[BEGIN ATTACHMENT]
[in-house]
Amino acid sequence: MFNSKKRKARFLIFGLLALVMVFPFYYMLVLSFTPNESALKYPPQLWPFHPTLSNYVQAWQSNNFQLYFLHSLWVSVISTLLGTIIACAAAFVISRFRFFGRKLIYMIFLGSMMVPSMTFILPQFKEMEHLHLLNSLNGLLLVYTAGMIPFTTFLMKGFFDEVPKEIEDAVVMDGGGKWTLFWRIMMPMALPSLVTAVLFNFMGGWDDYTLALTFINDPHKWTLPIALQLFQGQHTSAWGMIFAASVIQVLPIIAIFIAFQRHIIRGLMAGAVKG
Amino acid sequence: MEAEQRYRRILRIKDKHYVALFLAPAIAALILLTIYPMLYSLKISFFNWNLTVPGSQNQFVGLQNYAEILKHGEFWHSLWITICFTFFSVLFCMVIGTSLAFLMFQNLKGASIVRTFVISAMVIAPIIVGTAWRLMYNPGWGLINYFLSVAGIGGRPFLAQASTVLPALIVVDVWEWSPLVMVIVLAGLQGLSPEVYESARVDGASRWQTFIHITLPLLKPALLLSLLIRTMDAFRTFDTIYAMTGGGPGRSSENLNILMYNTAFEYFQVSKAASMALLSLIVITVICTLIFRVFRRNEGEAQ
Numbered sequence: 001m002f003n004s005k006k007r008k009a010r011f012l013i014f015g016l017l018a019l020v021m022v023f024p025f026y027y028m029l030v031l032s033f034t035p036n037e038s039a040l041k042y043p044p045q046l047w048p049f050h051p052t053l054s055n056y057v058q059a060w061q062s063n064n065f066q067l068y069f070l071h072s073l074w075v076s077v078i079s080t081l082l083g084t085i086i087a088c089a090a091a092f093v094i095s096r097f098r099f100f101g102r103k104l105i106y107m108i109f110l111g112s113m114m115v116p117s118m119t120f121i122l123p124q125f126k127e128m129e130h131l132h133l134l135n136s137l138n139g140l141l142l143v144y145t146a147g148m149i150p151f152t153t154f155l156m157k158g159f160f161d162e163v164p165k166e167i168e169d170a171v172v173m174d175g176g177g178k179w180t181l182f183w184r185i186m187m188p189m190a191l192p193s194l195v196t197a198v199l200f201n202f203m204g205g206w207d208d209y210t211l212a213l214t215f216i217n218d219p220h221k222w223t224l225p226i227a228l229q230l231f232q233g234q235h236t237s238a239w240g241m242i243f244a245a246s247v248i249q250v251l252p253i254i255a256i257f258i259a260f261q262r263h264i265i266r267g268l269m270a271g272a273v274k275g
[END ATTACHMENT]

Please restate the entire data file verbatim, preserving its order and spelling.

[in-house]
Amino acid sequence: MFNSKKRKARFLIFGLLALVMVFPFYYMLVLSFTPNESALKYPPQLWPFHPTLSNYVQAWQSNNFQLYFLHSLWVSVISTLLGTIIACAAAFVISRFRFFGRKLIYMIFLGSMMVPSMTFILPQFKEMEHLHLLNSLNGLLLVYTAGMIPFTTFLMKGFFDEVPKEIEDAVVMDGGGKWTLFWRIMMPMALPSLVTAVLFNFMGGWDDYTLALTFINDPHKWTLPIALQLFQGQHTSAWGMIFAASVIQVLPIIAIFIAFQRHIIRGLMAGAVKG
Amino acid sequence: MEAEQRYRRILRIKDKHYVALFLAPAIAALILLTIYPMLYSLKISFFNWNLTVPGSQNQFVGLQNYAEILKHGEFWHSLWITICFTFFSVLFCMVIGTSLAFLMFQNLKGASIVRTFVISAMVIAPIIVGTAWRLMYNPGWGLINYFLSVAGIGGRPFLAQASTVLPALIVVDVWEWSPLVMVIVLAGLQGLSPEVYESARVDGASRWQTFIHITLPLLKPALLLSLLIRTMDAFRTFDTIYAMTGGGPGRSSENLNILMYNTAFEYFQVSKAASMALLSLIVITVICTLIFRVFRRNEGEAQ
Numbered sequence: 001m002f003n004s005k006k007r008k009a010r011f012l013i014f015g016l017l018a019l020v021m022v023f024p025f026y027y028m029l030v031l032s033f034t035p036n037e038s039a040l041k042y043p044p045q046l047w048p049f050h051p052t053l054s055n056y057v058q059a060w061q062s063n064n065f066q067l068y069f070l071h072s073l074w075v076s077v078i079s080t081l082l083g084t085i086i087a088c089a090a091a092f093v094i095s096r097f098r099f100f101g102r103k104l105i106y107m108i109f110l111g112s113m114m115v116p117s118m119t120f121i122l123p124q125f126k127e128m129e130h131l132h133l134l135n136s137l138n139g140l141l142l143v144y145t146a147g148m149i150p151f152t153t154f155l156m157k158g159f160f161d162e163v164p165k166e167i168e169d170a171v172v173m174d175g176g177g178k179w180t181l182f183w184r185i186m187m188p189m190a191l192p193s194l195v196t197a198v199l200f201n202f203m204g205g206w207d208d209y210t211l212a213l214t215f216i217n218d219p220h221k222w223t224l225p226i227a228l229q230l231f232q233g234q235h236t237s238a239w240g241m242i243f244a245a246s247v248i249q250v251l252p253i254i255a256i257f258i259a260f261q262r263h264i265i266r267g268l269m270a271g272a273v274k275g